Aims: Angiographic ectasias and aneurysms in stented segments have been associated with late stent thrombosis. Using optical coherence tomography (OCT), some stented segments show coronary evaginations reminiscent of ectasias. The purpose of this study was to explore, using computational fluid-dynamic (CFD) simulations, whether OCT-detected coronary evaginations can induce local changes in blood flow. Methods and results: OCT-detected evaginations are defined as outward bulges in the luminal vessel contour between struts, with the depth of the bulge exceeding the actual strut thickness. Evaginations can be characterised cross-sectionally by depth and along the stented segment by total length. Assuming an ellipsoid shape, we modelled 3-D evaginations with different sizes by varying the depth from 0.2-1.0 mm, and the length from 1-9 mm. For the flow simulation we used average flow velocity data from non-diseased coronary arteries. The change in flow with varying evagination sizes was assessed using a particle tracing test where the particle transit time within the segment with evagination was compared with that of a control vessel. The presence of the evagination caused a delayed particle transit time which increased with the evagination size. The change in flow consisted locally of recirculation within the evagination, as well as flow deceleration due to a larger lumen - seen as a deflection of flow towards the evagination. Conclusions: CFD simulation of 3-D evaginations and blood flow suggests that evaginations affect flow locally, with a flow disturbance that increases with increasing evagination size.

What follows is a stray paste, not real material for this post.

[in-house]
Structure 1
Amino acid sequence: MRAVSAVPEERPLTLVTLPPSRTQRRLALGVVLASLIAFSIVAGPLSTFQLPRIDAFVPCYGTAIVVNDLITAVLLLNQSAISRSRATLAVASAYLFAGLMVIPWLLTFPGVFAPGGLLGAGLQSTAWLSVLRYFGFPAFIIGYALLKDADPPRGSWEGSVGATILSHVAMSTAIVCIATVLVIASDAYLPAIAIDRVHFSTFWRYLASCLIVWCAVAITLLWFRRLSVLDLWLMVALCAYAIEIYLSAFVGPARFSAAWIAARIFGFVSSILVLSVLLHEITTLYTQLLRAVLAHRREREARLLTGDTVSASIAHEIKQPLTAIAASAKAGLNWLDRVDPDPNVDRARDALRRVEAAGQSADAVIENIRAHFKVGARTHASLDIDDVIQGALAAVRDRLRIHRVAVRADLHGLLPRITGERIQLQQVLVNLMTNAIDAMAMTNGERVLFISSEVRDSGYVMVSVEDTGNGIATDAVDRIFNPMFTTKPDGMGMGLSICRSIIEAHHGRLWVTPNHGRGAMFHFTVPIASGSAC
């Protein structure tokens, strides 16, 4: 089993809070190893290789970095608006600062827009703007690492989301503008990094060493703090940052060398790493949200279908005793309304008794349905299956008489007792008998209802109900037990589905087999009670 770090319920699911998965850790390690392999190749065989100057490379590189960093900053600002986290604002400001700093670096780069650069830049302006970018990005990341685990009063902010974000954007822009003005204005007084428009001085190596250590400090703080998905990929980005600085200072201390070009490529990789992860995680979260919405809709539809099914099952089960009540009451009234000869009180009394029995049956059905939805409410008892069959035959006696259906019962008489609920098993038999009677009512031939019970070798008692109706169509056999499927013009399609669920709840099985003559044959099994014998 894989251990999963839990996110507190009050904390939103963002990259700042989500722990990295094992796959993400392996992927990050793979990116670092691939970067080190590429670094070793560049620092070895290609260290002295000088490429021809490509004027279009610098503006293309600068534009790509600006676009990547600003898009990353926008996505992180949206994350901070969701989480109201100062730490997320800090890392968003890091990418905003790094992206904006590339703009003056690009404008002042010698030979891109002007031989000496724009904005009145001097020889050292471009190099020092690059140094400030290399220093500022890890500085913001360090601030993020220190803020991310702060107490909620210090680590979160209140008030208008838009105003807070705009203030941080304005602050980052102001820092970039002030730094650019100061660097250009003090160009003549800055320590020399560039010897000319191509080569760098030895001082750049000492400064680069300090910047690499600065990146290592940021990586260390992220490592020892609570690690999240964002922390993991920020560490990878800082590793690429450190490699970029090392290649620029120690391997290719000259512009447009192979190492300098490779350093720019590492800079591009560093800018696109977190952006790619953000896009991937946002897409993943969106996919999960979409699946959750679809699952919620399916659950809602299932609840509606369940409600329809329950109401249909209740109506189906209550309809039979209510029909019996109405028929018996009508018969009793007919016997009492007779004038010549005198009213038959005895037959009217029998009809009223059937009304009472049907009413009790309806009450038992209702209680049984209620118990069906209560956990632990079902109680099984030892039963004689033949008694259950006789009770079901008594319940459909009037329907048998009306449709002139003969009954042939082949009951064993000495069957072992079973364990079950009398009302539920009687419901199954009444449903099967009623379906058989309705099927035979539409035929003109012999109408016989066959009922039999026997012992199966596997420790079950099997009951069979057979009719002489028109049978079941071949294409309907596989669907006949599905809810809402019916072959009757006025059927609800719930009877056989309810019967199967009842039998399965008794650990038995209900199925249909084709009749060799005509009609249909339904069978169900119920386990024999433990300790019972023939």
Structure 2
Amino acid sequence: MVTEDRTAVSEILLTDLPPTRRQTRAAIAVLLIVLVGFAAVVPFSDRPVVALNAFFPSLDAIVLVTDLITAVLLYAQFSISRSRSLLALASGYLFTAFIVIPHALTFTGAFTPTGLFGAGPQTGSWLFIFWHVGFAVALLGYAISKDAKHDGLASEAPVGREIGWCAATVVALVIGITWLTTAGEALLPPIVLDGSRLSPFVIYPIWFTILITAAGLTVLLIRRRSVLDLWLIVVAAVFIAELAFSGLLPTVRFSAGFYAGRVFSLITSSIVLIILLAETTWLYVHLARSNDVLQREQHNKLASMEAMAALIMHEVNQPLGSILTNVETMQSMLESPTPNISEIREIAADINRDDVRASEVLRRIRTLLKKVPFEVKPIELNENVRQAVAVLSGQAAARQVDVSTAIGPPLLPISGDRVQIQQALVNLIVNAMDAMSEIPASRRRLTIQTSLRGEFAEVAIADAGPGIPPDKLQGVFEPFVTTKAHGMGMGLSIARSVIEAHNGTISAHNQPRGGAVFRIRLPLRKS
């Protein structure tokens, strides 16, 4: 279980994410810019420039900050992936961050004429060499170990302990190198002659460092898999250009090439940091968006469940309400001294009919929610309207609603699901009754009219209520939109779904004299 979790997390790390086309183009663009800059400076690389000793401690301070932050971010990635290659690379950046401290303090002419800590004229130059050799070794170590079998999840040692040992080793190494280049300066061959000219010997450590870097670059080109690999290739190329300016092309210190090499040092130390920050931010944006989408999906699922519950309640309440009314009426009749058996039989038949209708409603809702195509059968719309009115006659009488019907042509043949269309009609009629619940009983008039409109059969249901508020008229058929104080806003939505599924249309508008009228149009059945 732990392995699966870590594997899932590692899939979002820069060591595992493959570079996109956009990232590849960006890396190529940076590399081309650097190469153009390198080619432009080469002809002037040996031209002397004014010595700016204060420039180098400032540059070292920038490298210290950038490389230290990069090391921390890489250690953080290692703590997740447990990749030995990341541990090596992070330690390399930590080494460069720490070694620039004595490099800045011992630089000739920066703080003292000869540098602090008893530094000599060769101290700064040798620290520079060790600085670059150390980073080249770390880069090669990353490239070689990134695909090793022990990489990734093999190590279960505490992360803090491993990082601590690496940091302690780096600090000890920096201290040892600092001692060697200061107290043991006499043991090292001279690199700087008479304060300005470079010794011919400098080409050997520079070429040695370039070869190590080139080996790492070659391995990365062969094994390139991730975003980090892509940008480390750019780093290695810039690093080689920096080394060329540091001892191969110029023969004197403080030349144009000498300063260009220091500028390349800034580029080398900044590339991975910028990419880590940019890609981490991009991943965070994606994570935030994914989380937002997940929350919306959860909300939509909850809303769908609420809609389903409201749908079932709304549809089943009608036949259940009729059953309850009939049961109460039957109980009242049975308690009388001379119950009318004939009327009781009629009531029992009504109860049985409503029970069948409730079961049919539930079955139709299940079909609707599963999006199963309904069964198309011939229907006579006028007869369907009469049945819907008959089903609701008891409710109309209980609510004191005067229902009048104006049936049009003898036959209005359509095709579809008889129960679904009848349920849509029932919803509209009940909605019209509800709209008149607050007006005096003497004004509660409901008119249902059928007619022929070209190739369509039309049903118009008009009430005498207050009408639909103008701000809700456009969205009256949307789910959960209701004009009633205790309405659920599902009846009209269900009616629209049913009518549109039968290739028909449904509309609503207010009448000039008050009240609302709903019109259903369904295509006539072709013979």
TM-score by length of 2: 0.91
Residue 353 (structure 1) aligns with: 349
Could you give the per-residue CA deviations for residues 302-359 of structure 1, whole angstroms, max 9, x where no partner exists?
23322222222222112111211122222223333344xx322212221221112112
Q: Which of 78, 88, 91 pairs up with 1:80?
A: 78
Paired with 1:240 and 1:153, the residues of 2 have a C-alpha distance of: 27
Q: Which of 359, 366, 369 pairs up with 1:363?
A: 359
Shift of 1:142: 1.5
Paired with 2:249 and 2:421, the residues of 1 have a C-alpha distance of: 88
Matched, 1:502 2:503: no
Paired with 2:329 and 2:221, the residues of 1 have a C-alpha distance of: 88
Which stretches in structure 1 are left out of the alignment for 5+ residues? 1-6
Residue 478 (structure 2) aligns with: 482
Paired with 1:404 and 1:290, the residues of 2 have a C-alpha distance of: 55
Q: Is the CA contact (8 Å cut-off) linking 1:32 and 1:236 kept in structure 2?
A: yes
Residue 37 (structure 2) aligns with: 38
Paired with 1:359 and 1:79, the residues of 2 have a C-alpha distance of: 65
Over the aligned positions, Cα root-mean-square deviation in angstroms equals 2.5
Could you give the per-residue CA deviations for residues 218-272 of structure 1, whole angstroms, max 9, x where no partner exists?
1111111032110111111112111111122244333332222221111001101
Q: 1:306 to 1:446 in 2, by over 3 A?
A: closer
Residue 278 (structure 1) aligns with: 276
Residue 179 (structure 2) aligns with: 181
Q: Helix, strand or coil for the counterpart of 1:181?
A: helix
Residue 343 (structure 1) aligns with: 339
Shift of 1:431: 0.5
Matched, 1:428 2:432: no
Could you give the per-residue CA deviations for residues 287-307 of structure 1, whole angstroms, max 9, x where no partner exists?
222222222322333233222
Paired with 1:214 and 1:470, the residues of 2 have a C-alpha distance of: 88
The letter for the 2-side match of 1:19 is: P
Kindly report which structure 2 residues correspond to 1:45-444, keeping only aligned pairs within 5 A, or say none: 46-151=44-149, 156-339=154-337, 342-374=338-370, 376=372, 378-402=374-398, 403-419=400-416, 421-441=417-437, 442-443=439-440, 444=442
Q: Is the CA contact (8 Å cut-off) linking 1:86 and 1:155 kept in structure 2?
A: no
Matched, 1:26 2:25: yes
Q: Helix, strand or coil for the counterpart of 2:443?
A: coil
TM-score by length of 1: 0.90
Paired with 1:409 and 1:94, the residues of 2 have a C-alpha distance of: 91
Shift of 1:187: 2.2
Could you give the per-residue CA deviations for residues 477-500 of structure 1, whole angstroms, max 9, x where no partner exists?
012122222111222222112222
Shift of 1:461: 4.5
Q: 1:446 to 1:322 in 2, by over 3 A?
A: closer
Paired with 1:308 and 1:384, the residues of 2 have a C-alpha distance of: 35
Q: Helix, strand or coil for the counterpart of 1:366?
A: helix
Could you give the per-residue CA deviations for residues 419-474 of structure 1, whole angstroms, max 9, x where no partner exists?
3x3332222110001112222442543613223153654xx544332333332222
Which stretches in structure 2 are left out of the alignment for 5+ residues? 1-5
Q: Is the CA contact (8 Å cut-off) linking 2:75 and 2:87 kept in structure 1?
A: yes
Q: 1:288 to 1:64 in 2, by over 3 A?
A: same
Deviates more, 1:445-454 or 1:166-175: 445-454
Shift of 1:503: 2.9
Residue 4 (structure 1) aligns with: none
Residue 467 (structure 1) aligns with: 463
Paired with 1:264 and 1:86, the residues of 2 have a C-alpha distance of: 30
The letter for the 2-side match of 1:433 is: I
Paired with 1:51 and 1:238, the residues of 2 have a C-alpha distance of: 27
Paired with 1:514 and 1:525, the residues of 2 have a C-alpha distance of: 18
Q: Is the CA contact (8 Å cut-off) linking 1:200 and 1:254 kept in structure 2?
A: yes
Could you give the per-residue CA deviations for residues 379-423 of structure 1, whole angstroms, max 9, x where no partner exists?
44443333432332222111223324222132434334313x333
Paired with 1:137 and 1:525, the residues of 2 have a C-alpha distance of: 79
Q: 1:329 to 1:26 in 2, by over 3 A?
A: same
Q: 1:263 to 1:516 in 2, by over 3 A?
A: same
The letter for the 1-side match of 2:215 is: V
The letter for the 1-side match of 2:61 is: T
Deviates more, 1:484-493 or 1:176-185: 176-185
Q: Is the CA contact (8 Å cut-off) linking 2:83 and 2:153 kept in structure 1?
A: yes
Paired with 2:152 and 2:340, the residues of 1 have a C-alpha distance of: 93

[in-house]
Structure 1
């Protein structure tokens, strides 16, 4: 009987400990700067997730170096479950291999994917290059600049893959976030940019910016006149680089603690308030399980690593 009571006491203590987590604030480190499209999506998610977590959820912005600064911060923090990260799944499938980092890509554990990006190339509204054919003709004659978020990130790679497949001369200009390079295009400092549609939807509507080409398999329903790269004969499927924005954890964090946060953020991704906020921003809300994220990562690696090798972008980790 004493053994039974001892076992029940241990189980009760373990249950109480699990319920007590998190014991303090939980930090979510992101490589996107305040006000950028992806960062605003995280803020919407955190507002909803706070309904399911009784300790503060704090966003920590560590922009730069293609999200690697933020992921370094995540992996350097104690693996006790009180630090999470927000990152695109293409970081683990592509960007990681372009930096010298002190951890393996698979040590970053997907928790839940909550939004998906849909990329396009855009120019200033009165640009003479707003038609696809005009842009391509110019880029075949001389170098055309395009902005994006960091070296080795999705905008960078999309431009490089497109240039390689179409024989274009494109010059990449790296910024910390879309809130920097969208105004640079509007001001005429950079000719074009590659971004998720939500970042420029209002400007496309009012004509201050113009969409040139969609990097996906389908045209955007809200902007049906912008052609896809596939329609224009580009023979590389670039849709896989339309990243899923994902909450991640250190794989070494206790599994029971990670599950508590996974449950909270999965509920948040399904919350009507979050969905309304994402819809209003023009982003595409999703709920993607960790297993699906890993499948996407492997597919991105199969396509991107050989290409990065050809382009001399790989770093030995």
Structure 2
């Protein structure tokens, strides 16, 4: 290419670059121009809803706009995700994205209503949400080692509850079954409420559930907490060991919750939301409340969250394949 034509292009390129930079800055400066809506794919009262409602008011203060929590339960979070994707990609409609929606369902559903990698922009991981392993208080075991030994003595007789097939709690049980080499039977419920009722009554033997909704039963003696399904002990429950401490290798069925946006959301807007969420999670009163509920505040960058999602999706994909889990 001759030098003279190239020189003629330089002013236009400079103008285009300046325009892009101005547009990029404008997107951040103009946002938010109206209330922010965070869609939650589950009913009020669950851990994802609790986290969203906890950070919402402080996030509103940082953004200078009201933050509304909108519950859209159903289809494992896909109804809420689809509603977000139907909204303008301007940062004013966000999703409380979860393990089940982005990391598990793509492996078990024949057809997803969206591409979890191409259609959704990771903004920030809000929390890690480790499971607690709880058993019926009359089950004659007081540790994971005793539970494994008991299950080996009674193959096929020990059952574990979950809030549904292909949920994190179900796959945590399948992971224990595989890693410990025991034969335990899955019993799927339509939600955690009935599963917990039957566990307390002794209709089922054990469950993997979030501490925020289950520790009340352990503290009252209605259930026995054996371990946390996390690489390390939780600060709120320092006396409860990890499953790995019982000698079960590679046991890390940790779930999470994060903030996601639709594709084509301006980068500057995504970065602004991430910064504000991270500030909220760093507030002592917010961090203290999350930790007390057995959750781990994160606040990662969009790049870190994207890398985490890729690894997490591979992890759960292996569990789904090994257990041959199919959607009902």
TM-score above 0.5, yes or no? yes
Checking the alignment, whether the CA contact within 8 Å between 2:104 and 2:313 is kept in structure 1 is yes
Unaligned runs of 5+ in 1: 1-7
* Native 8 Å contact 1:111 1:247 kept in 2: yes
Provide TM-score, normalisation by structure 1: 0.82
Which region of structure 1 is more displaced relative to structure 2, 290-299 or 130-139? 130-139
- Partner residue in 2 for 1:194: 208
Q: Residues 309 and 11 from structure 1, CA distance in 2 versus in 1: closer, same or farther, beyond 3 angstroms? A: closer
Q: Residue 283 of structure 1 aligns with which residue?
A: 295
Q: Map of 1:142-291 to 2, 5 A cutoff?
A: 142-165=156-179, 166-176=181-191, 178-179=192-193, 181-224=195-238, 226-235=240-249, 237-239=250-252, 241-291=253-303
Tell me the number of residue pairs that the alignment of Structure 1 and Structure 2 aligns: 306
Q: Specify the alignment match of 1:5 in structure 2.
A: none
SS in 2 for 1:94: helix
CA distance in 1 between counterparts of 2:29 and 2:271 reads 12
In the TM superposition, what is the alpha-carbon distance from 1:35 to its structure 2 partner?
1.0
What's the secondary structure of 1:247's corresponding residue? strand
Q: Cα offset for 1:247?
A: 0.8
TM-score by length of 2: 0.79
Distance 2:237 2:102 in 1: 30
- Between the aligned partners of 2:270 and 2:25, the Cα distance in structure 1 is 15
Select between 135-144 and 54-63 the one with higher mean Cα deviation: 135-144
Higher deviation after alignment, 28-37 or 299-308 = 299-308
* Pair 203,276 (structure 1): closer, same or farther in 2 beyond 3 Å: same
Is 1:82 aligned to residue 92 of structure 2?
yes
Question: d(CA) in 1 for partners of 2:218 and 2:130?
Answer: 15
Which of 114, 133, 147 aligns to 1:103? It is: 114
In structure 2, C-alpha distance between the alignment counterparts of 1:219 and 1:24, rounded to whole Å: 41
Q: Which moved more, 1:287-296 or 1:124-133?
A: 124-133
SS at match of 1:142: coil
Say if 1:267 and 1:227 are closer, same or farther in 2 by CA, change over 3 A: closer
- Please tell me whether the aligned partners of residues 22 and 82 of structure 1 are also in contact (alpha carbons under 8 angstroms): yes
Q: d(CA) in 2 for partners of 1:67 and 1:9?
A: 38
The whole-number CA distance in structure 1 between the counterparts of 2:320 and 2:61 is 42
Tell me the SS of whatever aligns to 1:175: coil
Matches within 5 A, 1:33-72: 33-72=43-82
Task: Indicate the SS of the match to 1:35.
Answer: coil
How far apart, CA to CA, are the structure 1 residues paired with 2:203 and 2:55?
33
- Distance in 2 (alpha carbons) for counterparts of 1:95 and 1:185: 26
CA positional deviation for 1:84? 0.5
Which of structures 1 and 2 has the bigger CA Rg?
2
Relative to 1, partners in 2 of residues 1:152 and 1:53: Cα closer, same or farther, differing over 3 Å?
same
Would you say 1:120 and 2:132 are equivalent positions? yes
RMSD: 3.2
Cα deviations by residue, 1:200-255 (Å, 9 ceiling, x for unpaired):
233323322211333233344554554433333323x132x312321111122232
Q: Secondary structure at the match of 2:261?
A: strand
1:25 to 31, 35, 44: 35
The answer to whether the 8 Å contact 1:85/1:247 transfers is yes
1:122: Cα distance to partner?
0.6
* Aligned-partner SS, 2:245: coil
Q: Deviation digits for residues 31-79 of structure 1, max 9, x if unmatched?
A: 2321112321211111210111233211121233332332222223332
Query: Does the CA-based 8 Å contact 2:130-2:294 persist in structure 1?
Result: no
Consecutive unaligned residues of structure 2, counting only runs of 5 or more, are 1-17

Computational fluid-dynamic simulation, Coronary evaginations, Flow disturbance, Optical coherence tomography
dx.doi.org/10.4244/EIJV10I1A18, hdl.handle.net/1765/64189
EuroIntervention
Department of Cardiology

Radu, M, Pfenniger, A, Räber, L, de Marchi, S.F, Obrist, D, Kelbaek, H, … Vogel, R. (2014). Flow disturbances in stent-related coronary evaginations: A computational fluid-dynamic simulation study. EuroIntervention, 10(1), 113–123. doi:10.4244/EIJV10I1A18